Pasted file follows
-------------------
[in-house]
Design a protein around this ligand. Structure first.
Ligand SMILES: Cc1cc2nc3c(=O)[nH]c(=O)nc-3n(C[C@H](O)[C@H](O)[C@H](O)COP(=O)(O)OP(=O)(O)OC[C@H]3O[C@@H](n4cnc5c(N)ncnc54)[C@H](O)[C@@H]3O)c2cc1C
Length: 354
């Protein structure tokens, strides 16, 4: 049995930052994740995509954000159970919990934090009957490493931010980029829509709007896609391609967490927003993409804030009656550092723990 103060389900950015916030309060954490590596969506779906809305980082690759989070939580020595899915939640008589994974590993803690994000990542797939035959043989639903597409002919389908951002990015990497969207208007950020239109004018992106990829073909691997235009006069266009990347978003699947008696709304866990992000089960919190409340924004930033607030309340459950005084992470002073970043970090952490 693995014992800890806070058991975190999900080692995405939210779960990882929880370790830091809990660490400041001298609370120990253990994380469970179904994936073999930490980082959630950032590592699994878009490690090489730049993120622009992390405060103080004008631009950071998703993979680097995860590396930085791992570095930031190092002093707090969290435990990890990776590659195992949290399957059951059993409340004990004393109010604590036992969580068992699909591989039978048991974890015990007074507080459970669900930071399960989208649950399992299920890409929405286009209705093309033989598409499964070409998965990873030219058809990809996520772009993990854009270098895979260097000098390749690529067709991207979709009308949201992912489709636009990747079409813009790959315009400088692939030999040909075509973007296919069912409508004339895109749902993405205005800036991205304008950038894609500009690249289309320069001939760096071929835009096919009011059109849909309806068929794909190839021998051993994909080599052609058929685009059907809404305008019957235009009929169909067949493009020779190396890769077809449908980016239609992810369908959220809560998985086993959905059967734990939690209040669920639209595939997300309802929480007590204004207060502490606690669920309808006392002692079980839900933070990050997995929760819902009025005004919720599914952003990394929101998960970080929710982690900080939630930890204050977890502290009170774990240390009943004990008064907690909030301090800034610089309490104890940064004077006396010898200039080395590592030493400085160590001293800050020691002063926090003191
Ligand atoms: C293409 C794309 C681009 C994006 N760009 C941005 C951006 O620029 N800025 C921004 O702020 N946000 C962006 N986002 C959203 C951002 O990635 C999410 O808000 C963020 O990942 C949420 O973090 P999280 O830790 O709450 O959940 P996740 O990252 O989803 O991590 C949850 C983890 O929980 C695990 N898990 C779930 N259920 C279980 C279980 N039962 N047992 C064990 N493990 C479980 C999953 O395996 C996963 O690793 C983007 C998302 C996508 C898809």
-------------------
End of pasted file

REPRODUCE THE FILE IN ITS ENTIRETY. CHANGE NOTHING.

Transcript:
[in-house]
Design a protein around this ligand. Structure first.
Ligand SMILES: Cc1cc2nc3c(=O)[nH]c(=O)nc-3n(C[C@H](O)[C@H](O)[C@H](O)COP(=O)(O)OP(=O)(O)OC[C@H]3O[C@@H](n4cnc5c(N)ncnc54)[C@H](O)[C@@H]3O)c2cc1C
Length: 354
């Protein structure tokens, strides 16, 4: 049995930052994740995509954000159970919990934090009957490493931010980029829509709007896609391609967490927003993409804030009656550092723990 103060389900950015916030309060954490590596969506779906809305980082690759989070939580020595899915939640008589994974590993803690994000990542797939035959043989639903597409002919389908951002990015990497969207208007950020239109004018992106990829073909691997235009006069266009990347978003699947008696709304866990992000089960919190409340924004930033607030309340459950005084992470002073970043970090952490 693995014992800890806070058991975190999900080692995405939210779960990882929880370790830091809990660490400041001298609370120990253990994380469970179904994936073999930490980082959630950032590592699994878009490690090489730049993120622009992390405060103080004008631009950071998703993979680097995860590396930085791992570095930031190092002093707090969290435990990890990776590659195992949290399957059951059993409340004990004393109010604590036992969580068992699909591989039978048991974890015990007074507080459970669900930071399960989208649950399992299920890409929405286009209705093309033989598409499964070409998965990873030219058809990809996520772009993990854009270098895979260097000098390749690529067709991207979709009308949201992912489709636009990747079409813009790959315009400088692939030999040909075509973007296919069912409508004339895109749902993405205005800036991205304008950038894609500009690249289309320069001939760096071929835009096919009011059109849909309806068929794909190839021998051993994909080599052609058929685009059907809404305008019957235009009929169909067949493009020779190396890769077809449908980016239609992810369908959220809560998985086993959905059967734990939690209040669920639209595939997300309802929480007590204004207060502490606690669920309808006392002692079980839900933070990050997995929760819902009025005004919720599914952003990394929101998960970080929710982690900080939630930890204050977890502290009170774990240390009943004990008064907690909030301090800034610089309490104890940064004077006396010898200039080395590592030493400085160590001293800050020691002063926090003191
Ligand atoms: C293409 C794309 C681009 C994006 N760009 C941005 C951006 O620029 N800025 C921004 O702020 N946000 C962006 N986002 C959203 C951002 O990635 C999410 O808000 C963020 O990942 C949420 O973090 P999280 O830790 O709450 O959940 P996740 O990252 O989803 O991590 C949850 C983890 O929980 C695990 N898990 C779930 N259920 C279980 C279980 N039962 N047992 C064990 N493990 C479980 C999953 O395996 C996963 O690793 C983007 C998302 C996508 C898809």